A recent article by Reuters news agency claiming Cambodia is being placed on the European Commission’s money laundering blacklist in October is “very dangerous” economically and could have a possible “knock-on effect” to other international agencies, according to an industry insider.
The European Commission’s draft proposal was cited by a Reuters journalist last week and listed Cambodia as one of 12 nations that “pose significant threats to the financial system of the Union,” because of failings in tackling money laundering and terrorism financing.
Van David, a senior associate at PLATFORM IMPACT – a Cambodian business and investment firm – told Khmer Times that because Cambodia is a narrow and not a broad-based economy, an EU “blacklist” would have a devastating economic impact. He added, that the potential listing should be considered the biggest current economic threat to the country, more than the Everything but Arms (EBA) trade deal partial withdrawal and COVID-19 pandemic.
“One of the biggest concerns for Cambodia is the knock-on effect this listing could have on the decision for other countries to follow in their [the EU’s] footsteps. This is because the United States tends to look at EU action here [in Cambodia] as a precedent basis for their own decisions and actions,” David said. “An international blacklist would cause more danger to the economy then the EBA withdrawal and the COVID-19 pandemic.”
The National Bank of Cambodia has also responded to the report. It said Cambodia’s worsening status as a money laundering nation has been caused by the economic and health impact of the COVID-19 pandemic around the world.
“During this period financial crimes have been on the rise such as fraud, cybercrime, human trafficking and misdirection or exploitation of government funds or international financial assistance,” the central bank said.
“In response, the Cambodia Financial Intelligence Unit (CAFIU) would like to encourage all reporting entities to be more vigilant in identifying the risks of money laundering and terrorist financing, as well as to timely and effectively implement countermeasures,” the bank added.
In February last year, European Parliament members issued a letter to the European Commission opposing “political interference” in the listing process.
It said the screening and decision-making process should be carried out solely on the basis of a commonly agreed methodology.
“We strongly oppose any kind of political interference in the process of identification of high-risk countries.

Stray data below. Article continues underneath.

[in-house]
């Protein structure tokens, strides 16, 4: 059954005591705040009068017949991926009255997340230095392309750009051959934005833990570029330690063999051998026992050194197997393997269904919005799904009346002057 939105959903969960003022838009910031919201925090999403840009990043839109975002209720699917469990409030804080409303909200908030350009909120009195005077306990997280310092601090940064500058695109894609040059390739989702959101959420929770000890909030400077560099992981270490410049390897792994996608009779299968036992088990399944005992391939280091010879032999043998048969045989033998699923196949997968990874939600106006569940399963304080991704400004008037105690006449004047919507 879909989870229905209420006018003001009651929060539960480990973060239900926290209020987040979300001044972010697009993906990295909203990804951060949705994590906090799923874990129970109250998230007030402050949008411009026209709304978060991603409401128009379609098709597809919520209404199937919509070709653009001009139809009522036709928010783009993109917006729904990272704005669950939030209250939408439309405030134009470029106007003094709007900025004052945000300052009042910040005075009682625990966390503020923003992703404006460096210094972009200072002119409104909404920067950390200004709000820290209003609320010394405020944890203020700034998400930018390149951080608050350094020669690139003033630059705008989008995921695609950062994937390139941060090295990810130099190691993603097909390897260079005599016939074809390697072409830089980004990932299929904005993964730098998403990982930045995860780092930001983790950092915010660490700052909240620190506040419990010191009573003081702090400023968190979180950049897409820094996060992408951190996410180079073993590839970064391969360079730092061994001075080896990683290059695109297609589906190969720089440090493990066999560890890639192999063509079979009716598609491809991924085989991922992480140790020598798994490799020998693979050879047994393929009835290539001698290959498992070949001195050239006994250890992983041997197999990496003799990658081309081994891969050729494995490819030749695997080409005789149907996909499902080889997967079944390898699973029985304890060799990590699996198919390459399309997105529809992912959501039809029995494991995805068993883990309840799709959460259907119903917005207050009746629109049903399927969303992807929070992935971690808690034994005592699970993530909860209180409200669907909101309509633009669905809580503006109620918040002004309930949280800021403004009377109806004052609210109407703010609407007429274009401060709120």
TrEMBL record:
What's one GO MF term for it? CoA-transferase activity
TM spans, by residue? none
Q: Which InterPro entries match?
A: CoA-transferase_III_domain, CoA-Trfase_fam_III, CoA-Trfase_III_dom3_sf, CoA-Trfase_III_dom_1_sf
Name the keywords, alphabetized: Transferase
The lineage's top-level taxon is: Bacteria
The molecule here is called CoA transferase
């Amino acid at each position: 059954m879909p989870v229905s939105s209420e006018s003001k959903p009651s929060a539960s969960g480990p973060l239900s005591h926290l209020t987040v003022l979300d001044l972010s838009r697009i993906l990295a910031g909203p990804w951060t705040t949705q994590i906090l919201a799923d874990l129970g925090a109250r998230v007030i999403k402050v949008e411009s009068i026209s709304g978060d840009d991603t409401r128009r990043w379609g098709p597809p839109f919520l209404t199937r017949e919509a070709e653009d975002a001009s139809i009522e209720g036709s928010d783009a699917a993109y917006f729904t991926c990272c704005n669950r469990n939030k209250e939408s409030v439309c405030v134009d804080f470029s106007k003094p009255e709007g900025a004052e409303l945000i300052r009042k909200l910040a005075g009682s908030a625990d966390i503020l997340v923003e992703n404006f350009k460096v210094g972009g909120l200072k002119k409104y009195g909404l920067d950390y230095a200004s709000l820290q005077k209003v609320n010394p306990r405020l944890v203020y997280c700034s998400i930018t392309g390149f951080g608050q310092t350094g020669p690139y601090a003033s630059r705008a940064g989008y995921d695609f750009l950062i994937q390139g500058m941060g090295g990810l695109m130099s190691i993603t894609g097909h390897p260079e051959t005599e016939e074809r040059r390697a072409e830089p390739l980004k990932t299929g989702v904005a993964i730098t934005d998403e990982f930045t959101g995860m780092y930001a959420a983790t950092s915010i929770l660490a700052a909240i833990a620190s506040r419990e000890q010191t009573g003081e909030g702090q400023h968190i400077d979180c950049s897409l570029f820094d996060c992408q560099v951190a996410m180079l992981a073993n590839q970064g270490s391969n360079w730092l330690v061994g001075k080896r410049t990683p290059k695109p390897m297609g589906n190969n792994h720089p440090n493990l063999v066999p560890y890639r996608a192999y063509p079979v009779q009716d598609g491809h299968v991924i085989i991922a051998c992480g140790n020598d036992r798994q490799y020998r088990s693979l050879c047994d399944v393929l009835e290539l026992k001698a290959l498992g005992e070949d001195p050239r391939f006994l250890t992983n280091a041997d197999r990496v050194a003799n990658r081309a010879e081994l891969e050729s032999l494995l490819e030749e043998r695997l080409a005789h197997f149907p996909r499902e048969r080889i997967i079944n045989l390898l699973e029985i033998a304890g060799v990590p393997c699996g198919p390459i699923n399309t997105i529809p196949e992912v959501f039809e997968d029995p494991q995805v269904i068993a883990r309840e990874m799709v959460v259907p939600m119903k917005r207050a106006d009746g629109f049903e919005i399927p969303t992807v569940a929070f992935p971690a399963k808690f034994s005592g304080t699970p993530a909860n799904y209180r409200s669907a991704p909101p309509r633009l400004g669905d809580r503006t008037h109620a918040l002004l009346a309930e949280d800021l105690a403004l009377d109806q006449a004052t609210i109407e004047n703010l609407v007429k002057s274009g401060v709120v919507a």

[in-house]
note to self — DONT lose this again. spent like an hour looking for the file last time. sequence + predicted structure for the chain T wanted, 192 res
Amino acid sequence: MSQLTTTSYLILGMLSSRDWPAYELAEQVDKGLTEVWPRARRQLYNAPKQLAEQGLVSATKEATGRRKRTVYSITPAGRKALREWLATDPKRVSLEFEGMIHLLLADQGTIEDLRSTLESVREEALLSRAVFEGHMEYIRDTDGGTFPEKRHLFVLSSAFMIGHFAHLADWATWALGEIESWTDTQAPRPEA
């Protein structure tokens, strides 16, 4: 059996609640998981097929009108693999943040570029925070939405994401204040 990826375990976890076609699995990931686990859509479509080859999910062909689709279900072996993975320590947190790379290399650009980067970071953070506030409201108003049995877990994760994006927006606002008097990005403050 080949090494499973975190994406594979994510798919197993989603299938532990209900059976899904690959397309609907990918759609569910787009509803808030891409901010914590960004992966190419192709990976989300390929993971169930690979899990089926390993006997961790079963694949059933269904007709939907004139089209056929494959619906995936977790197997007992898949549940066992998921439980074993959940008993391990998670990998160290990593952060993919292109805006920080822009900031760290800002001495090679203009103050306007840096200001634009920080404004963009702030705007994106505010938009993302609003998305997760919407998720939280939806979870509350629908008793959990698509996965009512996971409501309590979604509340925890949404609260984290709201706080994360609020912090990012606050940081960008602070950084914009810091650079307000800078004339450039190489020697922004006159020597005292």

“Making the final list subject to political lobbying from the Member States, depending on their bilateral relations with the countries concerned, would seriously damage the credibility of the EU, hamper the effective implementation of the EU legal instruments on anti-money laundering and counter-terrorist financing and endanger the integrity of the EU financial system,” the letter said.
According to the report, the proposal also plans to implement a “common supervisory body in charge of carrying out inspections of banks and possibly empowered to impose sanctions and identify suspicious payments”, by 2023.
The listing will require all EU banks, financial lenders, and tax firms to scrutinise “more closely” their clients who have dealings with these countries.
In addition, companies that operate in Cambodia will be banned from receiving new EU funding, the report added.
Under the draft proposal, the Commission will add to the blacklist Panama, the Bahamas, Mauritius, Barbados, Botswana, Cambodia, Ghana, Jamaica, Mongolia, Myanmar, Nicaragua and Zimbabwe.
Countries that are already on the list are Afghanistan, Iraq, Vanuatu, Pakistan, Syria, Yemen, Uganda, Trinidad and Tobago, Iran and North Korea.
In February last year, Cambodia was included on a list of countries considered “highly vulnerable to money laundering” following reports that show its judicial system has high levels of corruption and that it lacks the will to investigate financial crimes.
The global money-laundering watchdog Financial Action Task Force (FAFT) placed the Kingdom on its “grey list”.
This article was first published in Khmer Times. All contents and images are copyright to their respective owners and sources.